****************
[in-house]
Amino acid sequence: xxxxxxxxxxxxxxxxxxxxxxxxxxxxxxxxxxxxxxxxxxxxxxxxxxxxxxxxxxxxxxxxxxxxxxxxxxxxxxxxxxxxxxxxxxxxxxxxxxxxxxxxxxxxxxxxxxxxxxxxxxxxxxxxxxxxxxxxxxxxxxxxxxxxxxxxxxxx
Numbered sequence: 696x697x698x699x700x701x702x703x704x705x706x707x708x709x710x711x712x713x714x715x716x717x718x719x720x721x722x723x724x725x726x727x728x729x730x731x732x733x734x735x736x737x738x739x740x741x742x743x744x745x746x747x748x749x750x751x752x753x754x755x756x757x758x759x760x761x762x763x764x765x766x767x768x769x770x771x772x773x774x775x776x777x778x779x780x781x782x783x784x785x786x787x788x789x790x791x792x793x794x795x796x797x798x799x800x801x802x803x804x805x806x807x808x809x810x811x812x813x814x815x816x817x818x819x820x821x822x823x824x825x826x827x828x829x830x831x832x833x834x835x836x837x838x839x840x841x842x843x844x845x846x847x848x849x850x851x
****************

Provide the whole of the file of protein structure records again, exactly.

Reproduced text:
[in-house]
Amino acid sequence: xxxxxxxxxxxxxxxxxxxxxxxxxxxxxxxxxxxxxxxxxxxxxxxxxxxxxxxxxxxxxxxxxxxxxxxxxxxxxxxxxxxxxxxxxxxxxxxxxxxxxxxxxxxxxxxxxxxxxxxxxxxxxxxxxxxxxxxxxxxxxxxxxxxxxxxxxxxx
Numbered sequence: 696x697x698x699x700x701x702x703x704x705x706x707x708x709x710x711x712x713x714x715x716x717x718x719x720x721x722x723x724x725x726x727x728x729x730x731x732x733x734x735x736x737x738x739x740x741x742x743x744x745x746x747x748x749x750x751x752x753x754x755x756x757x758x759x760x761x762x763x764x765x766x767x768x769x770x771x772x773x774x775x776x777x778x779x780x781x782x783x784x785x786x787x788x789x790x791x792x793x794x795x796x797x798x799x800x801x802x803x804x805x806x807x808x809x810x811x812x813x814x815x816x817x818x819x820x821x822x823x824x825x826x827x828x829x830x831x832x833x834x835x836x837x838x839x840x841x842x843x844x845x846x847x848x849x850x851x